The Maryland Opera Studio will conclude its successful season with a revue of opera scenes (April 26 and 27) at Clarice Smith Performing Arts Center.

23.4.07

La Fenice and Arianna Savall, Dumbarton Oaks

Arianna Savall, sopranoThe season of concerts presented by the Friends of Music at Dumbarton Oaks came to a magnificent conclusion this weekend. The French early music ensemble La Fenice performed a mostly 17th-century program related to the pilgrimage route stretching from Strasbourg to Santiago de Compostela. Soprano Arianna Savall added her voice and Gothic harp playing to the versatile performances of the three members of La Fenice, on diverse combinations of voice and instruments. (This concert was created for the AMIA Festival, hosted by the Amis de la Musique sur Instruments Anciens in Strasbourg, this past February.)

Compostela's great church was the destination of such great numbers of pilgrims because it claimed to house the relics of the Apostle James. This ingenious concert brought together religious pieces, mostly in honor of Saint James the Great, with examples of the less than holy activities associated with pilgrimage. As far back as Chaucer's Canterbury Tales, pilgrimage was for some people little more than an excuse for tourism. Beginning with a group of travelers in Strasbourg, the route takes us to Avignon, where the French pilgrims meet a group of Italians, who sing a lauda, and to Narbonne, where we hear songs in Occitan. As the group passes through Spain, we hear music in Spanish and Catalan, concluding with an ingenious villancico by Francisco Soler, describing the crush of pilgrims from every nation and language racing to reach the cathedral first.

Previously at Dumbarton Oaks:

Cuarteto Casals (February 19, 2007)

Hopkinson Smith, lute (November 4, 2006)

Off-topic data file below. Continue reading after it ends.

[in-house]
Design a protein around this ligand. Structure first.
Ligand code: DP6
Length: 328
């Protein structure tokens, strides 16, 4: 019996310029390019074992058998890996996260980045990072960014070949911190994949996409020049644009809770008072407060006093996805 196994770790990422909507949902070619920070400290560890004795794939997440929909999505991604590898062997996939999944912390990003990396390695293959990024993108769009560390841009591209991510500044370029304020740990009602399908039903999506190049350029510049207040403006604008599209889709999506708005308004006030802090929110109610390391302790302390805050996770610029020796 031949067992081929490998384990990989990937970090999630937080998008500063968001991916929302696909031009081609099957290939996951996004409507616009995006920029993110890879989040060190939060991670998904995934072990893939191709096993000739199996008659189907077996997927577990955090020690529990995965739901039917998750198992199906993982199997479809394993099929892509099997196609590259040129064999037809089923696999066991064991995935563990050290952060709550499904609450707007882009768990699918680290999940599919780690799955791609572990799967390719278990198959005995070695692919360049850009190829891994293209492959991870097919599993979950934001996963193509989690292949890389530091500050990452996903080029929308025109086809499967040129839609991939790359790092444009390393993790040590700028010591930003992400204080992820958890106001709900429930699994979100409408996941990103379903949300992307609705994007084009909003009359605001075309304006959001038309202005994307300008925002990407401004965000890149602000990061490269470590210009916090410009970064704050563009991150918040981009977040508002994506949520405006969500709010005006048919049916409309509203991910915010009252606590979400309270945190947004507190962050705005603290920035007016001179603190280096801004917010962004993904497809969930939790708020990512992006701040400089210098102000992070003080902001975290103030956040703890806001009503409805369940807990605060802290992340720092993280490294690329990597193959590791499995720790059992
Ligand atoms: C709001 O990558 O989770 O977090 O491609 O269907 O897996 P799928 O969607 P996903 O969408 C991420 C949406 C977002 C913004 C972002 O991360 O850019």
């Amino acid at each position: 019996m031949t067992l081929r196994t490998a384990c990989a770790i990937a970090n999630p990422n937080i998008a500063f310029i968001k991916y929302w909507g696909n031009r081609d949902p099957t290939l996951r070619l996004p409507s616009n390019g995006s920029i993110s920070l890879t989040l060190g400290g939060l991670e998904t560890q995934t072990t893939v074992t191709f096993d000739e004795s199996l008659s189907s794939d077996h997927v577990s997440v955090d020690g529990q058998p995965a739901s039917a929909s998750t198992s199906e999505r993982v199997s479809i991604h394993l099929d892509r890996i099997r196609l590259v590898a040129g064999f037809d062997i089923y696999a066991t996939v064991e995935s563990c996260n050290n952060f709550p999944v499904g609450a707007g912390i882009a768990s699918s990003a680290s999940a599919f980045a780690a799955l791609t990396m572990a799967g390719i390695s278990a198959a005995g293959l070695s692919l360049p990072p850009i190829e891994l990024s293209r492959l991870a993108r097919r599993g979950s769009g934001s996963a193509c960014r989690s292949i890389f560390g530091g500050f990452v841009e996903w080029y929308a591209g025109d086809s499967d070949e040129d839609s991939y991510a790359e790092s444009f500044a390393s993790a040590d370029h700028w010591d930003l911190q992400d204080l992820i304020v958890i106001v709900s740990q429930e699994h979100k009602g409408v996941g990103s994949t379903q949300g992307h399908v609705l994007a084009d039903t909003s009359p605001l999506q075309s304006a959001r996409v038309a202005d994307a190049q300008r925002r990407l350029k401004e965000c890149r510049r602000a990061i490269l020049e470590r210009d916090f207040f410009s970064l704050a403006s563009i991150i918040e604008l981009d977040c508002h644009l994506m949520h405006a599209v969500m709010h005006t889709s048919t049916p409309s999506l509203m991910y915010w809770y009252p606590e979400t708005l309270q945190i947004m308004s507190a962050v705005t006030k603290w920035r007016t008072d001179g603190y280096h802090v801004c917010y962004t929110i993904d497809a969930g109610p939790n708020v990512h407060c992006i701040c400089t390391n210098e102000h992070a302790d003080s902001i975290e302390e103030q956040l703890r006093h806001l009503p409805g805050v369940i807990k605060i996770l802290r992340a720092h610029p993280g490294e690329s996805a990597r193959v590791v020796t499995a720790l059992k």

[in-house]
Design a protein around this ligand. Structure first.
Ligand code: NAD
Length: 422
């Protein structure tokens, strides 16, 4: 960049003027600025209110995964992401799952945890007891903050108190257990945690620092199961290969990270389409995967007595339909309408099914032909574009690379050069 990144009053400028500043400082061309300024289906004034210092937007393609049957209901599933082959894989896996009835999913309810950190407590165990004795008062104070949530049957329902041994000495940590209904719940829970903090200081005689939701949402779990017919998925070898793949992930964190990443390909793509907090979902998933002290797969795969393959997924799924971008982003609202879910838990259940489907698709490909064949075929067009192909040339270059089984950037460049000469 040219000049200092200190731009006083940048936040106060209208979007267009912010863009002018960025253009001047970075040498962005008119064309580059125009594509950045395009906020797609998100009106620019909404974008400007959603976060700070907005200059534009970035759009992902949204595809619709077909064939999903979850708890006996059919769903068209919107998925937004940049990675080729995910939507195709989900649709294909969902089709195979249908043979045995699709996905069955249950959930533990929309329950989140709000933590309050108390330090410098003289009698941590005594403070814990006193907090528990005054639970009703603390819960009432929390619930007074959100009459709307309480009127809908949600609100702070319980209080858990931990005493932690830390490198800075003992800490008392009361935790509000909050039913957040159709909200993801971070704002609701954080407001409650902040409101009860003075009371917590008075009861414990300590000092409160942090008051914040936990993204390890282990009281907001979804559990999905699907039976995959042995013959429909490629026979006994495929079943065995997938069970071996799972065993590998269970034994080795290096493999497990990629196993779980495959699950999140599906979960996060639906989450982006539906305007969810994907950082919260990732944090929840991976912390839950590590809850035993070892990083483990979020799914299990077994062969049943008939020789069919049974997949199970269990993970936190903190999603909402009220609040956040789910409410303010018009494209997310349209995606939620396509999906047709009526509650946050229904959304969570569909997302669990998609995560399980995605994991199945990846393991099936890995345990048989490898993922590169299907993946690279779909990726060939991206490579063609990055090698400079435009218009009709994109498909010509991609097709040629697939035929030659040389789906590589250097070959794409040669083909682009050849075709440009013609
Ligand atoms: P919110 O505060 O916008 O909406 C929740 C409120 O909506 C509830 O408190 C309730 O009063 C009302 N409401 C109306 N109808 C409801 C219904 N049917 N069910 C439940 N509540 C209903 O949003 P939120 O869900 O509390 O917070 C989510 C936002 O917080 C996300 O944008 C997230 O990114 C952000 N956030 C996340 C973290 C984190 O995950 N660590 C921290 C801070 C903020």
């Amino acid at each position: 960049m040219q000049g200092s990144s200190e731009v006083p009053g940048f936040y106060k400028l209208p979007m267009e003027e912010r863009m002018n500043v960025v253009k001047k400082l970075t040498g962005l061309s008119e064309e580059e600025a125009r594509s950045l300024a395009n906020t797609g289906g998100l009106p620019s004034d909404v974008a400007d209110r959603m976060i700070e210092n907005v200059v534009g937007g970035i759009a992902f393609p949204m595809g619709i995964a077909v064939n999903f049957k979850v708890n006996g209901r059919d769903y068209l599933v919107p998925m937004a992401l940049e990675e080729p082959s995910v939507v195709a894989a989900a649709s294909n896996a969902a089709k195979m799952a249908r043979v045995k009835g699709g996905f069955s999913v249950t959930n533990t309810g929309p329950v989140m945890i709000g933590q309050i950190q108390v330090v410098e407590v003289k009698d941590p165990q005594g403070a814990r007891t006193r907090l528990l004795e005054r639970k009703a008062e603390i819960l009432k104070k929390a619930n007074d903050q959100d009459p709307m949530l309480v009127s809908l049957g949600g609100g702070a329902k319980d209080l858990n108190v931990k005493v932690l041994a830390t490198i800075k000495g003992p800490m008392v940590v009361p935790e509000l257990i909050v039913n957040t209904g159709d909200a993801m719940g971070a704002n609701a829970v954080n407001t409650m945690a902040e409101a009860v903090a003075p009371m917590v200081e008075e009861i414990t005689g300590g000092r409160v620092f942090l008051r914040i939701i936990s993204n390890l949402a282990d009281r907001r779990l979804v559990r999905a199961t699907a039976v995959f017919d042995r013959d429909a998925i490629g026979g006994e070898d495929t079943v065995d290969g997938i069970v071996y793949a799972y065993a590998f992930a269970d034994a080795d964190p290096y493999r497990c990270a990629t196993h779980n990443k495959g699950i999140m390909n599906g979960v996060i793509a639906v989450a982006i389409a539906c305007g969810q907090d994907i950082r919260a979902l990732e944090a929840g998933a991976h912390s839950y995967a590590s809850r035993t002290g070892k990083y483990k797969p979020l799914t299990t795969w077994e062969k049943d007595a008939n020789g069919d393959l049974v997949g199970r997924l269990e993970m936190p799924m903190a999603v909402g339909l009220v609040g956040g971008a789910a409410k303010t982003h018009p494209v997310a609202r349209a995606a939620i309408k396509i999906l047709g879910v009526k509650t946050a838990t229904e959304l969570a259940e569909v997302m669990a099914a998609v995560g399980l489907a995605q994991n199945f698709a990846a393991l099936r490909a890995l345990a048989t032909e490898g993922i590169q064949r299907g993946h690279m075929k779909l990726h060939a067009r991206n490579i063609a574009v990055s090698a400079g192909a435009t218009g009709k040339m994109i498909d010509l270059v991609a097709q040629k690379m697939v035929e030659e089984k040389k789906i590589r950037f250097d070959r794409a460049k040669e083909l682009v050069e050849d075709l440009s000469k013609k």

Paolo Pandolfo, viola da gamba (January 23, 2006)

Musica Alta Ripa (May 10, 2005)
Intellectually and musicologically, the concert was a success, presenting as it did an assortment of interesting obscurities, performed mostly from copies of original sources with consummate care for historical detail. Furthermore, this was an evening of pure musical enjoyment, not least because of the honey-rich, molasses-tinged voice of Arianna Savall, daughter of the renowned Catalunyan viola da gamba player Jordi Savall. Not surprisingly, her pronunciation was stronger when the pilgrims arrived in Spain, but her French is certainly good enough to be understood. The only downside of the evening was the positive organ, which hummed electrically on a pitch that never quite fit any of the final chords it followed. In general, this music would have benefited from a grander acoustic than the humble Refectory, the temporary concert venue at Dumbarton Oaks during the renovation.

The members of La Fenice sang, but it was their instrumental work that was most impressive. Jean Tubéry's solos on the cornetti stood out: difficult instruments that made sweet sounds in his hands. Mélanie Flahaut's turns on the Baroque bassoon were particularly fine, especially her duet with Tubéry on Bartolomeo de Selma y Salaverde's Canzon per canto e basso. Michaël Hell showed flair and strong technique on the difficult harpsichord parts, in particular the Jacara by Bertolomeu de Olague and Andrea Falconiero's Folias para mi Señora Dona Tarolilla de Carallenos.

The Friends of Music are accepting subscriptions for their new season of concerts. Next year the concerts will return to their intended venue, the refurbished Music Room in the main building.

22.4.07

Omar Sosa @ VAE